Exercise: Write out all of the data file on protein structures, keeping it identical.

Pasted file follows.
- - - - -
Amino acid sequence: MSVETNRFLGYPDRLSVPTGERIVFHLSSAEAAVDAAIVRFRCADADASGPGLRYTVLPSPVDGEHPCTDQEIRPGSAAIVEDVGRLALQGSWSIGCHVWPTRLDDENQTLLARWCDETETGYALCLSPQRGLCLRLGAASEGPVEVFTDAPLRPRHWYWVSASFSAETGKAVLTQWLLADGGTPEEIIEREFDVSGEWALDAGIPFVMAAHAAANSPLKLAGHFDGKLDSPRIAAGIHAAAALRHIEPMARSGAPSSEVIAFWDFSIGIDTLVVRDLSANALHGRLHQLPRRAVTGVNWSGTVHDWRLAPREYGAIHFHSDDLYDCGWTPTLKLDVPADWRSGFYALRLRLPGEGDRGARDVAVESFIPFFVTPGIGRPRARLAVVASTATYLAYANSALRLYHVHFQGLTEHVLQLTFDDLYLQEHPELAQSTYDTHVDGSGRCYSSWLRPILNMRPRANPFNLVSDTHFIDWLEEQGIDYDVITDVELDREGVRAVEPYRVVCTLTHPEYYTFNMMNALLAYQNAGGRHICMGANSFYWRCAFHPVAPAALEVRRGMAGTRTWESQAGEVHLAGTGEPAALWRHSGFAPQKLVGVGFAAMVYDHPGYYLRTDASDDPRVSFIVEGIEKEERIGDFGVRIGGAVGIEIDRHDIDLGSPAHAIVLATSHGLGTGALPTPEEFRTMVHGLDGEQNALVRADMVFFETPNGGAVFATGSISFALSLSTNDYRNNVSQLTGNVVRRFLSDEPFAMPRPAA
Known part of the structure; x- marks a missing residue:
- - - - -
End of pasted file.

Amino acid sequence: MSVETNRFLGYPDRLSVPTGERIVFHLSSAEAAVDAAIVRFRCADADASGPGLRYTVLPSPVDGEHPCTDQEIRPGSAAIVEDVGRLALQGSWSIGCHVWPTRLDDENQTLLARWCDETETGYALCLSPQRGLCLRLGAASEGPVEVFTDAPLRPRHWYWVSASFSAETGKAVLTQWLLADGGTPEEIIEREFDVSGEWALDAGIPFVMAAHAAANSPLKLAGHFDGKLDSPRIAAGIHAAAALRHIEPMARSGAPSSEVIAFWDFSIGIDTLVVRDLSANALHGRLHQLPRRAVTGVNWSGTVHDWRLAPREYGAIHFHSDDLYDCGWTPTLKLDVPADWRSGFYALRLRLPGEGDRGARDVAVESFIPFFVTPGIGRPRARLAVVASTATYLAYANSALRLYHVHFQGLTEHVLQLTFDDLYLQEHPELAQSTYDTHVDGSGRCYSSWLRPILNMRPRANPFNLVSDTHFIDWLEEQGIDYDVITDVELDREGVRAVEPYRVVCTLTHPEYYTFNMMNALLAYQNAGGRHICMGANSFYWRCAFHPVAPAALEVRRGMAGTRTWESQAGEVHLAGTGEPAALWRHSGFAPQKLVGVGFAAMVYDHPGYYLRTDASDDPRVSFIVEGIEKEERIGDFGVRIGGAVGIEIDRHDIDLGSPAHAIVLATSHGLGTGALPTPEEFRTMVHGLDGEQNALVRADMVFFETPNGGAVFATGSISFALSLSTNDYRNNVSQLTGNVVRRFLSDEPFAMPRPAA
Known part of the structure; x- marks a missing residue: